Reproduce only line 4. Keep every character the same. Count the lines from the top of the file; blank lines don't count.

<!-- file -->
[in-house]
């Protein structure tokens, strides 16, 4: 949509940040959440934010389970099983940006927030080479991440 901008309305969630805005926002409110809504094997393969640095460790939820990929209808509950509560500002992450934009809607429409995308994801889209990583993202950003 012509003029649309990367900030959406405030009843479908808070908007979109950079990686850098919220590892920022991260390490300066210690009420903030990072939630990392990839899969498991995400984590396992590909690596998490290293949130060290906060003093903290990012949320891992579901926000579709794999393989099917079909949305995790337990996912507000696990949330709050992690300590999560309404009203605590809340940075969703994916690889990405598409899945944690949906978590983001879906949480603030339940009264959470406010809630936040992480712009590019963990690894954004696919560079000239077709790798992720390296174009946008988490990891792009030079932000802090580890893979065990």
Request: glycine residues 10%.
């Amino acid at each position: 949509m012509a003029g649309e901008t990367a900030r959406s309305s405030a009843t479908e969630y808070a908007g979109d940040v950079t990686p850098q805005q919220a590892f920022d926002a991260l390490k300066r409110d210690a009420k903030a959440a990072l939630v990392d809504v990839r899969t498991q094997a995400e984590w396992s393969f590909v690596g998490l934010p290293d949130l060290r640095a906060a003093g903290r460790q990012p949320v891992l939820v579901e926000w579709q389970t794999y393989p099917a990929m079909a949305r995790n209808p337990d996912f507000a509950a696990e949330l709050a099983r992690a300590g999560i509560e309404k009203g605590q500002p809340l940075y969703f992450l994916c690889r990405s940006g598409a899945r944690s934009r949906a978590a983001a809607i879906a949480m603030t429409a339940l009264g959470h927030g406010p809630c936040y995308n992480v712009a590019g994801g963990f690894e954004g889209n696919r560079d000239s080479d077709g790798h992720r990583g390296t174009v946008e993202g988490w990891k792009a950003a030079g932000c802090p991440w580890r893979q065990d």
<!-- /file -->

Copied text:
């Amino acid at each position: 949509m012509a003029g649309e901008t990367a900030r959406s309305s405030a009843t479908e969630y808070a908007g979109d940040v950079t990686p850098q805005q919220a590892f920022d926002a991260l390490k300066r409110d210690a009420k903030a959440a990072l939630v990392d809504v990839r899969t498991q094997a995400e984590w396992s393969f590909v690596g998490l934010p290293d949130l060290r640095a906060a003093g903290r460790q990012p949320v891992l939820v579901e926000w579709q389970t794999y393989p099917a990929m079909a949305r995790n209808p337990d996912f507000a509950a696990e949330l709050a099983r992690a300590g999560i509560e309404k009203g605590q500002p809340l940075y969703f992450l994916c690889r990405s940006g598409a899945r944690s934009r949906a978590a983001a809607i879906a949480m603030t429409a339940l009264g959470h927030g406010p809630c936040y995308n992480v712009a590019g994801g963990f690894e954004g889209n696919r560079d000239s080479d077709g790798h992720r990583g390296t174009v946008e993202g988490w990891k792009a950003a030079g932000c802090p991440w580890r893979q065990d």